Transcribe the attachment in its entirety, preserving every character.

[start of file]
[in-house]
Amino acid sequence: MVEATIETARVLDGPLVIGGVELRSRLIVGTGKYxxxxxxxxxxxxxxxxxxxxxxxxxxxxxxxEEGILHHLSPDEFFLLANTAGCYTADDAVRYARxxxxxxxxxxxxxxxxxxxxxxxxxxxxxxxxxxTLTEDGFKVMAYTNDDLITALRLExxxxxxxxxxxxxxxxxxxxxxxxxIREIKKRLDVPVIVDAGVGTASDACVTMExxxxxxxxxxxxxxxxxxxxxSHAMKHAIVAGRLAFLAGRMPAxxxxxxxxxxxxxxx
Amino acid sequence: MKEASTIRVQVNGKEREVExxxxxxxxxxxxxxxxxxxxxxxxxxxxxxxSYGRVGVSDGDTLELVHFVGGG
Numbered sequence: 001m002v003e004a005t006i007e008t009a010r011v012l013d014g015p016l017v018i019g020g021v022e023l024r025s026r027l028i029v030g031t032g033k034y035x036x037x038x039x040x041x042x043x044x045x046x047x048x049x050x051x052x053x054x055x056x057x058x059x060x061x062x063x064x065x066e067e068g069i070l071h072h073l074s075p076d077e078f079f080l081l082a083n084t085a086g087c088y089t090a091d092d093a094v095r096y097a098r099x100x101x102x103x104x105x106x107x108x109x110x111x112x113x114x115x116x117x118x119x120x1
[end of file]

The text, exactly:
[in-house]
Amino acid sequence: MVEATIETARVLDGPLVIGGVELRSRLIVGTGKYxxxxxxxxxxxxxxxxxxxxxxxxxxxxxxxEEGILHHLSPDEFFLLANTAGCYTADDAVRYARxxxxxxxxxxxxxxxxxxxxxxxxxxxxxxxxxxTLTEDGFKVMAYTNDDLITALRLExxxxxxxxxxxxxxxxxxxxxxxxxIREIKKRLDVPVIVDAGVGTASDACVTMExxxxxxxxxxxxxxxxxxxxxSHAMKHAIVAGRLAFLAGRMPAxxxxxxxxxxxxxxx
Amino acid sequence: MKEASTIRVQVNGKEREVExxxxxxxxxxxxxxxxxxxxxxxxxxxxxxxSYGRVGVSDGDTLELVHFVGGG
Numbered sequence: 001m002v003e004a005t006i007e008t009a010r011v012l013d014g015p016l017v018i019g020g021v022e023l024r025s026r027l028i029v030g031t032g033k034y035x036x037x038x039x040x041x042x043x044x045x046x047x048x049x050x051x052x053x054x055x056x057x058x059x060x061x062x063x064x065x066e067e068g069i070l071h072h073l074s075p076d077e078f079f080l081l082a083n084t085a086g087c088y089t090a091d092d093a094v095r096y097a098r099x100x101x102x103x104x105x106x107x108x109x110x111x112x113x114x115x116x117x118x119x120x1